• Resolved

CSD97394Q4M: Buck NexFET Power stage fails over 28°C

Part Number: CSD97394Q4M

I am using the CSD97394Q4M in an application to drive dc cooling fans according to the temperature on the inside of a large chassis. These parts worked famously on bench trials with a varying PWM signal and Vin voltages up to 25 volts, so I desgned it into a backplane to control the speed of the fans. The trouble came when I attempted to run the fully loaded backplane in the environmental oven up to 30°C. My log showed that the CSD97394Q4M failed at 28°. Looking for answers I found on the Absolute Maximum Ratings that showed Vsw to PGND to be 30V max. With 24V on Vin, there is some overshoot to above 30V for maybe 2nS. Next I tried lowering Vin. Even with lower Vin I still get failures when the temperature is elevated.  What do you think the problem is and what can I do about this?

  • Paul, 

    I've reached out to our apps team to see if they can figure out what is going on here. If the device is going into repetitive avalanche, that could indeed be causing the device to overheat. We may need to see some waveforms.

    I should have a response for you shortly. 

    Brett Barr

    Product Marketing Engineer, Mid-Voltage FET

  • In reply to Brett Barr1:

    Can you provide the operation conditions where the failure happened - load current, frequency, duty cycle, etc...?

    Also, any details you can provide regarding the failure will be helpful - was the device damaged? Was there a HS or LS short?

    Brett Barr

    Product Marketing Engineer, Mid-Voltage FET

  • In reply to Brett Barr1:

    Thank you for your quick response! The frequency is 994 kHz, the duty cycle is somewhere between 0.3 and 0.45, and the load currents are around 1 to 1.5A. I will set up to test the circuit and log the temperature, the output voltage, and the load current tomorrow. I could also record waveforms on the Vsw pin if that would be helpful.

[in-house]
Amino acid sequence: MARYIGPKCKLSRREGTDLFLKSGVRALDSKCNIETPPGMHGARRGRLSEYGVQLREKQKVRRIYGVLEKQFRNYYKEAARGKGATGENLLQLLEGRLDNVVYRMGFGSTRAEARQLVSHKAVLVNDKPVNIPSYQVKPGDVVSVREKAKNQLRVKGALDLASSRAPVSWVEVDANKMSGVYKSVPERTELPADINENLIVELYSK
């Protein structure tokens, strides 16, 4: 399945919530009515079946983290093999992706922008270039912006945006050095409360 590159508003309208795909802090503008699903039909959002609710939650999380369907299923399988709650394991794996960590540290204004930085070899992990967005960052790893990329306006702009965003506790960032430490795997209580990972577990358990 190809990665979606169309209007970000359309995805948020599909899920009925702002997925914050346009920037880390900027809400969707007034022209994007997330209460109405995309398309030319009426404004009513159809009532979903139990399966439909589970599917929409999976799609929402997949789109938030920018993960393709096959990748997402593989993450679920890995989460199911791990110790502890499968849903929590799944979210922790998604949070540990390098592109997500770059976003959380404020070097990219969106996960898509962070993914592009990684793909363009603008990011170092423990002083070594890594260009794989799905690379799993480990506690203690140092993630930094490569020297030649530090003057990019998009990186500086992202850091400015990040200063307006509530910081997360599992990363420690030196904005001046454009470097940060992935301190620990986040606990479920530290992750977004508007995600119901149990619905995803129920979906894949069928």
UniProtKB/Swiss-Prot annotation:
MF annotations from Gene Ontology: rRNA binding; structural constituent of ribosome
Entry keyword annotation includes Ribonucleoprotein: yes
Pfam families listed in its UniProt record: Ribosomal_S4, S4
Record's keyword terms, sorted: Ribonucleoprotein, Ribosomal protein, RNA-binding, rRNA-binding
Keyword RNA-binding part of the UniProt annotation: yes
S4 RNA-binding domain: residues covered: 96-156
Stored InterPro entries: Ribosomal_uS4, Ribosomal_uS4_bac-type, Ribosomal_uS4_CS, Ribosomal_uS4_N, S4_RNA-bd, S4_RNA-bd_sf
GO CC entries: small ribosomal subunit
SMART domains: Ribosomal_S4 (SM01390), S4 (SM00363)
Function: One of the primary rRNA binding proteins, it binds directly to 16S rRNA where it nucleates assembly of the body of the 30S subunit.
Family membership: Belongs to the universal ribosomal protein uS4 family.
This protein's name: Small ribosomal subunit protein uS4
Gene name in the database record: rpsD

Paul Norton
    Design Engineer
    Checksum, LLC
  • In reply to Paul Norton:

    Thanks Paul, let me know and I will forward to my apps team to look at. 

    Brett Barr

    Product Marketing Engineer, Mid-Voltage FET

  • In reply to Brett Barr1:

    The Excel file shows the failure occurring when the temperature reaches 28°C. What is strange is that the current seems to remain constant. The current "Iout drvr1" is being monitored using an INA271 with a 50mΩ resistor. The power supply voltage was 24 volts

    I was running a second CSD97394 with a power supply voltage of 20 volts (Vout Drvr2) and it continued to run. Did not record the current for this device. So at this point I would say that a lower input voltage seems to solve the problem. But why is that the failure happens at elevated temperature?  At 22 to 25° the part can operate for hours at 24 volts, no problem.

    For the CSD97394Q4M in a standard buck configuration what waveforms should I obtain?  

    Paul

  • In reply to Paul Norton:

    Ok Paul, I have forwarded all your info to our apps team. Hopefully I'll be able to get back to you within 24hrs. By the way, I didn't see an attached excel file in that last post

    Brett Barr

    Product Marketing Engineer, Mid-Voltage FET

  • In reply to Brett Barr1:

    couldn't figure out how to attach the excel file using this blog. When i clicked on the paper clip it sent me to another screen and I could not get back. When I tried to copy/paste it didn't work.

    PaulLog_CSD95394_Fail.xlsx

  • In reply to Paul Norton:

    The first log was flawed because I did not have the thermo-couple right on the device. I discovered today that was the failure! Look at this data and you'll see that just when the part starts to fail there is an exponential rise in temperature.
  • In reply to Paul Norton:

    Paul, 

    Sounds like you are going into thermal runaway, which may be a result of a repetitive avalanche event. Still waiting for a response from our apps. 

    Brett Barr

    Product Marketing Engineer, Mid-Voltage FET

  • In reply to Brett Barr1:

    Paul,
    Could you capture wave forms of the PWM signal and VSW?

    Brett Barr

    Product Marketing Engineer, Mid-Voltage FET